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Unformatted text preview: 1. Simple Random Samples (a) – Step 1: give each pet an identification number, i.e. 1, 2, ..., 1000. – Step 2: choose a random sample of 10 numbers from these 1000 numbers. – Step 3: pick those pets with the id numbers that correspond to Step 2. (b) Use R code: > mysample <- sample(1:10000,10) > mysample  3539 4789 9286 7808 7219 8911 5620 8184 9627 4058 > obesity[mysample, 4] # or obesity[mysample, ’name’]  Nicole I. Lacey S. Jamie O. Jamie X. Ana J. Jamie C.  Cara O. Valerie U. Jon Q. Julian I. Note: obesity is the name for the data set; variable name is the 4th column of the data set so obesity[mysample, 4] is to choose those entries of specified rows and the 4th column. (c) > obesity[mysample, 5] # or: obesity[mysample, ’obese’] )  YES YES YES YES YES NO YES YES YES NO The percentage of obesity for this sample=8/10=80%. We could also use the R-function table() : > table(obesity[mysample, 5]) (d) the population percentage of obesity is estimated to be 80%. (e) It is not accurate due to a small sample size so the variability of the estimate is large. (though it is a random sample). (Later we will learn that the sample size affects the ‘accuracy’ of the estimates. ..). Try another sample: > mysample2 <- sample(1:10000,10) > mysample2  2779 9359 9103 7160 1684 7024 2201 6633 2855 1405 > obesity[mysample2, 5]  YES NO NO NO YES NO YES YES NO YES in this case, the sample percentage=5/10=50%. (f) Increase the sample size (g) 62.74% (R commander: Statistics–Summaries–active data set)(g) 62....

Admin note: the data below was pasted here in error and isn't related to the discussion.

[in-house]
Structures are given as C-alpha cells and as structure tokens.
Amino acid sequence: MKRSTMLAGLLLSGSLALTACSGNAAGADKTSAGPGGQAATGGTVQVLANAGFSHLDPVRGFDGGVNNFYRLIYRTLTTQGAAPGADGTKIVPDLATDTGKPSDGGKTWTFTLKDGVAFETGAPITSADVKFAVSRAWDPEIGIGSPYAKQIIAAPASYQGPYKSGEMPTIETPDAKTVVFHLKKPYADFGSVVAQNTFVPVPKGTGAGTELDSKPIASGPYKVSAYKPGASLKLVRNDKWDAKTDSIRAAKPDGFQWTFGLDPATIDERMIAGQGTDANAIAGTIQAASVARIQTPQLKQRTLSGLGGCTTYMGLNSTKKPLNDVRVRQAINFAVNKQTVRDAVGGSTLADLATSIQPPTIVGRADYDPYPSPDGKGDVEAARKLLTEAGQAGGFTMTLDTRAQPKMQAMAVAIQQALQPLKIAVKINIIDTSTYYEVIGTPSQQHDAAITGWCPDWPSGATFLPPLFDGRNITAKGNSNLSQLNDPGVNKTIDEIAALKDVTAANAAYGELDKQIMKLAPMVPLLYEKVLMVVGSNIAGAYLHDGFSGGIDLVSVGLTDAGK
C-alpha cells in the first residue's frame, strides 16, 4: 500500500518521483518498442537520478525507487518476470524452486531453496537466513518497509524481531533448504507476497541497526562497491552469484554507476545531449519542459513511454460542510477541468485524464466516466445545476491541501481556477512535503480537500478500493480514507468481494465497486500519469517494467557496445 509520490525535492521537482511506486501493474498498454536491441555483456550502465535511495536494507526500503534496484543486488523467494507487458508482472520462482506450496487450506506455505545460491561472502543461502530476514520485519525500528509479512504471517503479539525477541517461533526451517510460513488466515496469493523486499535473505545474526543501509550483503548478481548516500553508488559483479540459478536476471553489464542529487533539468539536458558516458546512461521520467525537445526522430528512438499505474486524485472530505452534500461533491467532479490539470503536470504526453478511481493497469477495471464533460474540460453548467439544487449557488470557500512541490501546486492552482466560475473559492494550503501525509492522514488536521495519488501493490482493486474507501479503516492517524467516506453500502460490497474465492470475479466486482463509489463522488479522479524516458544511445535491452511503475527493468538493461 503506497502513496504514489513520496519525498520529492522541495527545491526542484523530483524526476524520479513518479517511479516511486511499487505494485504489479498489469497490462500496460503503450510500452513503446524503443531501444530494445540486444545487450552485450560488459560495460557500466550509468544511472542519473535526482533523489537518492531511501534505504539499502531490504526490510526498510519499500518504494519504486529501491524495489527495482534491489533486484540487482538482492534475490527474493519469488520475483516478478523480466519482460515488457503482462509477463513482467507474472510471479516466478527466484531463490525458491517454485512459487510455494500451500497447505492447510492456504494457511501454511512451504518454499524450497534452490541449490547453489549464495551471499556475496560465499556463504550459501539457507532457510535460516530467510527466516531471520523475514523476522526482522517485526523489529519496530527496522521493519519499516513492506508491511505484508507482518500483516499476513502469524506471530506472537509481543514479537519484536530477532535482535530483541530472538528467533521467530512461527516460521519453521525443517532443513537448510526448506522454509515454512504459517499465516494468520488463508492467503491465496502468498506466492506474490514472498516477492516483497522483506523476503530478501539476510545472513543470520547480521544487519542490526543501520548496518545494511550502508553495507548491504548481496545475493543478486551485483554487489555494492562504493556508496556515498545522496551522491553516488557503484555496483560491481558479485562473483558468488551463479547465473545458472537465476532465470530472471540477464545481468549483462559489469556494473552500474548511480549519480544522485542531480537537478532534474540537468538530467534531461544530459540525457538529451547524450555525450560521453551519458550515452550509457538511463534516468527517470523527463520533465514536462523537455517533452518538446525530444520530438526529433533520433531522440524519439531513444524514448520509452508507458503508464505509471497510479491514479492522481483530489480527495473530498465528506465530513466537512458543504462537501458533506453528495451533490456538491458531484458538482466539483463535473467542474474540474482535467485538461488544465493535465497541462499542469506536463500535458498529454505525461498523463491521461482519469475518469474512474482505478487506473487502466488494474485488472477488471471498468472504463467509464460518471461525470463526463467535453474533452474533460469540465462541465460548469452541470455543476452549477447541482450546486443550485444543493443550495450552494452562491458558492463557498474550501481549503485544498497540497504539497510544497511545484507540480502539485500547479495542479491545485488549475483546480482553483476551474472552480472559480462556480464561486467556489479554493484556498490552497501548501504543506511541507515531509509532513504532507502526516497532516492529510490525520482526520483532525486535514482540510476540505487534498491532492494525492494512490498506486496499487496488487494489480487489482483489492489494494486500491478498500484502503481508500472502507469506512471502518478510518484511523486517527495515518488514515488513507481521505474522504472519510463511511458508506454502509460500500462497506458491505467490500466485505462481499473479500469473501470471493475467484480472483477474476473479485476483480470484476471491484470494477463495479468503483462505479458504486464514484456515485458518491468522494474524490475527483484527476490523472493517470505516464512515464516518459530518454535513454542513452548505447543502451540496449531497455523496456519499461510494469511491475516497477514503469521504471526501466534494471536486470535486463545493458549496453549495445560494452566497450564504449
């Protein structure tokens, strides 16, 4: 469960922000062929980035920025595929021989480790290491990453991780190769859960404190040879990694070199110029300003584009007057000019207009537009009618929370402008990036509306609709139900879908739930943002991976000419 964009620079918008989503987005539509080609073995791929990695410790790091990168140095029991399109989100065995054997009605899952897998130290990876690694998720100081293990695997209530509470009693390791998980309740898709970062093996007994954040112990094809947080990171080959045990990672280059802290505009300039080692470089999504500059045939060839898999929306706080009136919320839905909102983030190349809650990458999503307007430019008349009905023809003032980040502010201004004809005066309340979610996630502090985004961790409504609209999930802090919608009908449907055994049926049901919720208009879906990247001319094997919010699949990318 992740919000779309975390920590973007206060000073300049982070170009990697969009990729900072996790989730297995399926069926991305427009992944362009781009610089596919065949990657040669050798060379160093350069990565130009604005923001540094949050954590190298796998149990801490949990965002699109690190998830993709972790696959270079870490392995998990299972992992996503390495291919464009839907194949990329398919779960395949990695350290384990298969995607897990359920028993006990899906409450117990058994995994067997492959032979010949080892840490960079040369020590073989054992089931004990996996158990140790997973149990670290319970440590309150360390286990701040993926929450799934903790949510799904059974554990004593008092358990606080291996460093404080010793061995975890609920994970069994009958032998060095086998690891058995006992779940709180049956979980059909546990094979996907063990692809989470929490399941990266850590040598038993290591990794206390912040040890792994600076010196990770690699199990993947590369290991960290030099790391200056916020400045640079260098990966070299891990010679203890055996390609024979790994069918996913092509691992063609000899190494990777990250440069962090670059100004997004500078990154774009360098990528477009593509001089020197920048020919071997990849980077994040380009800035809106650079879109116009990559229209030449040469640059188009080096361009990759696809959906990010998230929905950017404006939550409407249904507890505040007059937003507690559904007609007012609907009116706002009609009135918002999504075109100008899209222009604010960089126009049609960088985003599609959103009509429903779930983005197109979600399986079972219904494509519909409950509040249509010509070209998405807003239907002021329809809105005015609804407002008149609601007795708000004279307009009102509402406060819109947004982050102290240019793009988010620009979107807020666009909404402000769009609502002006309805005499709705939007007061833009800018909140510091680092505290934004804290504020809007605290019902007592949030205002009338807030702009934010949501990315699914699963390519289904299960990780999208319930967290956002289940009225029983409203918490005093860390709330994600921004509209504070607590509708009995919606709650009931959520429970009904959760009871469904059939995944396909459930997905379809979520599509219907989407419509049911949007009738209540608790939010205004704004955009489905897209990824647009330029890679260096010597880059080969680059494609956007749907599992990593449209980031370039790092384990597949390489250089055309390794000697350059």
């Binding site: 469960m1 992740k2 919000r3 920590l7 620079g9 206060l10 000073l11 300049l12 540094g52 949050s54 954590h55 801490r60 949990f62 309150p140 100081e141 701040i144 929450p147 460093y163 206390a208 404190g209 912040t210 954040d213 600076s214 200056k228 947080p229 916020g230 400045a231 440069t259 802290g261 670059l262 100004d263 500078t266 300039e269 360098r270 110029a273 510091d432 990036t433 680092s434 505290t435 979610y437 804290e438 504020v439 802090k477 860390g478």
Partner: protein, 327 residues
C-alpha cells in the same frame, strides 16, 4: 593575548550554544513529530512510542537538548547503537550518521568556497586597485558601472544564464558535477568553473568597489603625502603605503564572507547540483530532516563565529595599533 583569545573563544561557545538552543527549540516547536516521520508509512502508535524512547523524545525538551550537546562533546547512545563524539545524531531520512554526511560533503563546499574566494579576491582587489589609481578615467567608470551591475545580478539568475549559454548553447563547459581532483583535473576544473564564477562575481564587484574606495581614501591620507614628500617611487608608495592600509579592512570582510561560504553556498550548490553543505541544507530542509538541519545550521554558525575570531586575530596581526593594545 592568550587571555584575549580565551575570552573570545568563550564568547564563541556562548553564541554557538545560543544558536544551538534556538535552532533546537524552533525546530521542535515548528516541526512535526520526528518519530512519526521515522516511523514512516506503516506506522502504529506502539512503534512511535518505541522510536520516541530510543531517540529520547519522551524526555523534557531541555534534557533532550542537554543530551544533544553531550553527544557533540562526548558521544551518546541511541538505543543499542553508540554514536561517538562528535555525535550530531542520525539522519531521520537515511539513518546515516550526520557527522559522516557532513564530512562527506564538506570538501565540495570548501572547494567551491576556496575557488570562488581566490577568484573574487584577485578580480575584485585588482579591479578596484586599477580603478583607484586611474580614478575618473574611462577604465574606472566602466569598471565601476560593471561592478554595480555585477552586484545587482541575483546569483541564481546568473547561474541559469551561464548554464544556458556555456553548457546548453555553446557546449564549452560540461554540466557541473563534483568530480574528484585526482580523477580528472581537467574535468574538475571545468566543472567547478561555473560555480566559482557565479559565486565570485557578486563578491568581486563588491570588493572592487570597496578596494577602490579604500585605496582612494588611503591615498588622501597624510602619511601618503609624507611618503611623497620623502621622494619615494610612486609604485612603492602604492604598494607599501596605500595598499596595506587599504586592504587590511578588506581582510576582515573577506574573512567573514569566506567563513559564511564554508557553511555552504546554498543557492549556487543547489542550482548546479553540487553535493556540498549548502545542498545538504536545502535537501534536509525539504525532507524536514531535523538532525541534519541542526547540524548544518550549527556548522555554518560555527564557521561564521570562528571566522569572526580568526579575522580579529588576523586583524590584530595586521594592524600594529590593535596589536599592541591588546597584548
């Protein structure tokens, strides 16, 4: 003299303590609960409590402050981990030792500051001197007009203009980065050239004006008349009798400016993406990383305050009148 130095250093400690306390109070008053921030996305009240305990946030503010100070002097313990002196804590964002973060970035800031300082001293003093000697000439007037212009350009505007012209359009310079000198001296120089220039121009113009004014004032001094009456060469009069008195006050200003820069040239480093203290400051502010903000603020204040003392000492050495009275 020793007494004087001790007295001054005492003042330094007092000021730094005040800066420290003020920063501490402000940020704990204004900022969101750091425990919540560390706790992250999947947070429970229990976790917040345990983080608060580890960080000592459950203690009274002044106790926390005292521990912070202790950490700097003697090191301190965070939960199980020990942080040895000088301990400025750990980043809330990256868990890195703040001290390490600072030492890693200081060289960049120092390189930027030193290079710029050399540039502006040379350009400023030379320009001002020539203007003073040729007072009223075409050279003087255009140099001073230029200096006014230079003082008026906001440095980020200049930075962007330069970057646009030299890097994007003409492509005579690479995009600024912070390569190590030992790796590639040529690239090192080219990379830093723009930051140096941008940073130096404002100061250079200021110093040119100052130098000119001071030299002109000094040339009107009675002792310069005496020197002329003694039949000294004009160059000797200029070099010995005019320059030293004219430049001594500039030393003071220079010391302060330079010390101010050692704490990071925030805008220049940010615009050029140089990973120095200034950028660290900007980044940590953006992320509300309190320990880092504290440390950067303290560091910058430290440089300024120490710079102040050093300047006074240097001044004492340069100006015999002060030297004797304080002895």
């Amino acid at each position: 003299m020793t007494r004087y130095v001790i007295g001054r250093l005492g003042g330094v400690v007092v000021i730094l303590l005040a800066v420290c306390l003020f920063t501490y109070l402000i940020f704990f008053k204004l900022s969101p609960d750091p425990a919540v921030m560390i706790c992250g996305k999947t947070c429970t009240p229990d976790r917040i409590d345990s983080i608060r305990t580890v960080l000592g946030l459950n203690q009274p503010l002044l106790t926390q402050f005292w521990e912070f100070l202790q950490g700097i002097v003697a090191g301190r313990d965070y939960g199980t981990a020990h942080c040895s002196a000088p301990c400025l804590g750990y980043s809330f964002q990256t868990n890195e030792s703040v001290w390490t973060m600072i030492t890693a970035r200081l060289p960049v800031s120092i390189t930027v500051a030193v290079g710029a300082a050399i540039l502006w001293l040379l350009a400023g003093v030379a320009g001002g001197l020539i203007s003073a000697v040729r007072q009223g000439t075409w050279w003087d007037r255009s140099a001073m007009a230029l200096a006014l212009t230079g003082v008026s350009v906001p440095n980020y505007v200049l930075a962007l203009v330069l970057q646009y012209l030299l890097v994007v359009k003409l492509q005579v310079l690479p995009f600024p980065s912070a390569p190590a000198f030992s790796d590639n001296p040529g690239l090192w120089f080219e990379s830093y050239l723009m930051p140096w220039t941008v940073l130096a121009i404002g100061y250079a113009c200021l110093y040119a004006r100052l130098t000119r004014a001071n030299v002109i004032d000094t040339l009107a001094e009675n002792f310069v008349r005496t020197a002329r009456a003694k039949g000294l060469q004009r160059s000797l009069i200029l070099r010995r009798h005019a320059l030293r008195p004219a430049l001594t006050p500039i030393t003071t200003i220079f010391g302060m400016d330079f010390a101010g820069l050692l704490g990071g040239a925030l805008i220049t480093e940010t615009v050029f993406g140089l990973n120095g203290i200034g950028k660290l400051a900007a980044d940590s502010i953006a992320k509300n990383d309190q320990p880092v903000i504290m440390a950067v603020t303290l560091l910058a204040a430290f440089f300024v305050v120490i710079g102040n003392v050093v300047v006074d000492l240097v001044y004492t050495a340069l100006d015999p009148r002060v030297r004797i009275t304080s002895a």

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This note was uploaded on 01/17/2012 for the course STAT 100 taught by Professor drake during the Fall '10 term at UC Davis.
- Fall '10